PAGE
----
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Report this Post08-25-2013 09:35 PM Click Here to See the Profile for BlackEmraldClick Here to Email BlackEmraldSend a Private Message to BlackEmraldEdit/Delete MessageReply w/QuoteDirect Link to This Post
 
quote
Originally posted by mark1970:


good question.... I personally don't have much experience with them, though it is starting to look like it is the future of refinishing. If you or someone has info on them and would like to share please do.


Sure, I have lots of experience with them. I'm DuPont certified in WB, but I'm more of a answer specific questions guy, than a explain everything step by step. I went to school for that, haha
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mark1970
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Report this Post08-26-2013 06:41 PM Click Here to See the Profile for mark1970Click Here to Email mark1970Send a Private Message to mark1970Edit/Delete MessageReply w/QuoteDirect Link to This Post
 
quote
Originally posted by BlackEmrald:


Sure, I have lots of experience with them. I'm DuPont certified in WB, but I'm more of a answer specific questions guy, than a explain everything step by step. I went to school for that, haha


cool, you are welcome to add or comment to anything in my future tech projects to come....

by end of this weekend i should have three projects completed one just got moved ahead. it will be spot part repair on car with base coat clear coat on a friends car.... two side mirrors , a molding, and door handles
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rogergarrison
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Report this Post08-27-2013 12:57 PM Click Here to See the Profile for rogergarrisonClick Here to Email rogergarrisonSend a Private Message to rogergarrisonEdit/Delete MessageReply w/QuoteDirect Link to This Post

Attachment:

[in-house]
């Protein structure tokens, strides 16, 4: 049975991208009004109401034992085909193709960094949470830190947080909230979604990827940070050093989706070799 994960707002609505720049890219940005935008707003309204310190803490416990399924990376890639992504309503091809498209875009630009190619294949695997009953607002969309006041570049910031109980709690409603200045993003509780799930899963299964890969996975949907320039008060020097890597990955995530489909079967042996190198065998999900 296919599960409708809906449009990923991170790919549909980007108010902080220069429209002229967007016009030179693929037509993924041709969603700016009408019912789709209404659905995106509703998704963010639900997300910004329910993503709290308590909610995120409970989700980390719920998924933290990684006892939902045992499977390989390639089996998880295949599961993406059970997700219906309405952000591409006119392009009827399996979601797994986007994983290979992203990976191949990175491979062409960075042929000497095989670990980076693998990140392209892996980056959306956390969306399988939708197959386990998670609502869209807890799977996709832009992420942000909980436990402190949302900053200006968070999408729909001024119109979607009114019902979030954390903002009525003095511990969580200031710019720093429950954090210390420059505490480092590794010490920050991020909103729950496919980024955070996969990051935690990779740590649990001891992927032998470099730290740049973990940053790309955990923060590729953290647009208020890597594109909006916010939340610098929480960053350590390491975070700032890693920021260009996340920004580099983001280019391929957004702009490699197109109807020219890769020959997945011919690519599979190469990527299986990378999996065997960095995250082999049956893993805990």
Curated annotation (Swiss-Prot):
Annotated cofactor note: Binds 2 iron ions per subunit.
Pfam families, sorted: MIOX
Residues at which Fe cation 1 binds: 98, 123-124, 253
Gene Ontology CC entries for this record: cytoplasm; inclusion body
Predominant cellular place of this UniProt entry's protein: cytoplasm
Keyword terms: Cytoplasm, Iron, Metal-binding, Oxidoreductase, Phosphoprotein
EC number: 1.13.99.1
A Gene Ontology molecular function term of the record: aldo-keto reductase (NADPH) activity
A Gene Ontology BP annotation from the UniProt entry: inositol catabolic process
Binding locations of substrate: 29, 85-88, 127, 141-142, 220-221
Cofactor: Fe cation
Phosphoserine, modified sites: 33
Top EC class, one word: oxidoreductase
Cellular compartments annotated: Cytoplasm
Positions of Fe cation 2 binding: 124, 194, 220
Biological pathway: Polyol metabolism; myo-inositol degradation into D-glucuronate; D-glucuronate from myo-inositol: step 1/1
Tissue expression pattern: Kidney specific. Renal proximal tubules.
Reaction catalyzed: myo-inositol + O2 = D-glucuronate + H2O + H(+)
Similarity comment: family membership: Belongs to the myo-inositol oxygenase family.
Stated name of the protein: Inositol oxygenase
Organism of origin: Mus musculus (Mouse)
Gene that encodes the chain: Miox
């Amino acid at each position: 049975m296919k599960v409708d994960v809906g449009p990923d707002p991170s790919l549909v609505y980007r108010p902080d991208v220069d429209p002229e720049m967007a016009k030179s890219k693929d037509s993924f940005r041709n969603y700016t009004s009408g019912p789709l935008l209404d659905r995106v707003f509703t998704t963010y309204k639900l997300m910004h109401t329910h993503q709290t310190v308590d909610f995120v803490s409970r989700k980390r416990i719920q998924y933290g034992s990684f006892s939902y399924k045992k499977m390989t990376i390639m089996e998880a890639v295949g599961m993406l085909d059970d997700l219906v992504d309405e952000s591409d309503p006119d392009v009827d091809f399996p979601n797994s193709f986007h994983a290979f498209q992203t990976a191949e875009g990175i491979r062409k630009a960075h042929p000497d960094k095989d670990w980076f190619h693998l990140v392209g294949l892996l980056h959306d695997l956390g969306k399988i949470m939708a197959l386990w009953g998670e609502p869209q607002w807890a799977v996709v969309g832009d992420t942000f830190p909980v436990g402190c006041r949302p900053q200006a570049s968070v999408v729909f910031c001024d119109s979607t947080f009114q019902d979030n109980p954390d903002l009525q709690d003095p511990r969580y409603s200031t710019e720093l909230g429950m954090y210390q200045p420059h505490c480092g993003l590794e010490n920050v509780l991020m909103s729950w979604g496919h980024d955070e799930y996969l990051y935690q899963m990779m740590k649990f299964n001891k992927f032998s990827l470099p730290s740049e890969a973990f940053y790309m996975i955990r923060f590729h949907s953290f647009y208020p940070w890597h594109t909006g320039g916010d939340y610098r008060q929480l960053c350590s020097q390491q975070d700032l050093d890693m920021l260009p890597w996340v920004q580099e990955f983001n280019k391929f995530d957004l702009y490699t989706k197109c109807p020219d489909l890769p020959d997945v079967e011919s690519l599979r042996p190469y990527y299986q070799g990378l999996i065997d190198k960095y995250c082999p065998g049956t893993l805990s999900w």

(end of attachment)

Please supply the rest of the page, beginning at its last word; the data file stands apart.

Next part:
I dont know where you got some of your info, but Ive used lacquers for 50 years. I own my own custom shop. You can put ANY kind of paint on over lacquer (although not most spray can stuff). You cant put lacquer over anything, at least unless its aged. Its true you do have to put more coats on...maybe 4 instead of 2, but thats because its shot thinner, thus smoother. While its also true you have to buff it with compound to get a gloss, it really dont have to be sanded if you dont want to. Every basecoat/clearcoat, acrylic enamel job Ive ever done (thousands) also needs sanded and buffed to look good to me. In fact basecoat/clearcoats need sanded more than lacquer because it will not go on without orangepeel. Even new Mercedes factory paint has orangepeel these days. I just repaired a brand new black one. I didnt sand out the orange peel in my paint before buffing so it matched the rest.

This is always a pick one fight like the VCR wars....VHS vs Beta. Even thought Beta was far superior quality, MARKETING killed it in favor of VHS. Each have their own pros and cons. A laquered car is ready to drive 20 minutes after you spray it...even if its raining. Fixing a boo-boo while painting can be done in a few minutes where urathane one has to wait overnite to fix, and a day or two more to reshoot. I will def concede that enamel systems are easier to care for and more weather friendly. It takes a bit of dedication to keep a lacquer job looking good for 30 years...but collectors do that. So for a daily driver, lacquer is def not the way to go. I do most cars finish paint in basecoat/clearcoat right now. After next year, ONLY waterbourne paint will be manufactured. All others will only be sold till the supply runs out...so says both of my paint suppliers.

[This message has been edited by rogergarrison (edited 08-27-2013).]